The cost to replace a windmill is around one million per.

I see these things all the time.



spudcon  Friday Jun 25 07:44 AM

Plus $3.99, shipping and handling.



ZenGum  Friday Jun 25 09:42 AM

I have four in three different internet shopping carts right now.

Should I get shipping insurance?



Lamplighter  Friday Jun 25 10:25 AM

Use a Post Office's priority mail box and you don't have to weigh them.



Pete Zicato  Friday Jun 25 11:03 AM

Given the pictures in the op, this seems a little negligent.





lumberjim  Friday Jun 25 11:26 AM




HungLikeJesus  Friday Jun 25 01:40 PM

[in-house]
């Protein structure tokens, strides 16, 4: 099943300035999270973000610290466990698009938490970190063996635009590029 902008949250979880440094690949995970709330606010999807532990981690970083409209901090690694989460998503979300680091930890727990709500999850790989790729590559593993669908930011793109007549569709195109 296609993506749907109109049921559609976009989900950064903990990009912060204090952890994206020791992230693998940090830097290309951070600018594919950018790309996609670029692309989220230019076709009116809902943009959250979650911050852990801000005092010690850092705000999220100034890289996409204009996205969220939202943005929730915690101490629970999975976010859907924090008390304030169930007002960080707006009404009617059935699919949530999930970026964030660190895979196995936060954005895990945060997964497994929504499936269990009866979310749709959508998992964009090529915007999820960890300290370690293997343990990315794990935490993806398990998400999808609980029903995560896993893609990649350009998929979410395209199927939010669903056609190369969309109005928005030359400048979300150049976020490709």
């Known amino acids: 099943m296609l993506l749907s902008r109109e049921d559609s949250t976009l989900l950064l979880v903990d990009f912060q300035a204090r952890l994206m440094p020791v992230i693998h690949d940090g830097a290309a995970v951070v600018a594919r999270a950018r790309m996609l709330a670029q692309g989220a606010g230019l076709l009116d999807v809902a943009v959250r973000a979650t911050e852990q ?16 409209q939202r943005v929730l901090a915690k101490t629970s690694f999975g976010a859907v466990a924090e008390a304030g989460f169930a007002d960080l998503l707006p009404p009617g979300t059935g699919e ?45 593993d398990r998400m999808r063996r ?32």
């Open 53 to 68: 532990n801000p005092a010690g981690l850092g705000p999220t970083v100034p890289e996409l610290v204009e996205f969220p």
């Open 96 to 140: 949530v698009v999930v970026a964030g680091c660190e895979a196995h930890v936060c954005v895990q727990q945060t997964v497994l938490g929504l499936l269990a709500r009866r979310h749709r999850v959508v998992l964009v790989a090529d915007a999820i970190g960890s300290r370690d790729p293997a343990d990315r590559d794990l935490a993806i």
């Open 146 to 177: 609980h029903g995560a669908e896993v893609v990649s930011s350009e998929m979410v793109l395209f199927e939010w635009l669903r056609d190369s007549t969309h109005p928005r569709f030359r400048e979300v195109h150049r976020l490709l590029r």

Quote:
Originally Posted by Pete Zicato View Post
Given the pictures in the op, this seems a little negligent.


There's something funny about that picture.


xoxoxoBruce  Friday Jun 25 11:10 PM

Looks like something to warn trucks of the clearance on the signs ahead.



spudcon  Saturday Jun 26 12:05 AM

Quote:
Originally Posted by lumberjim View Post
LJ, you found the kind of picture I was going to post!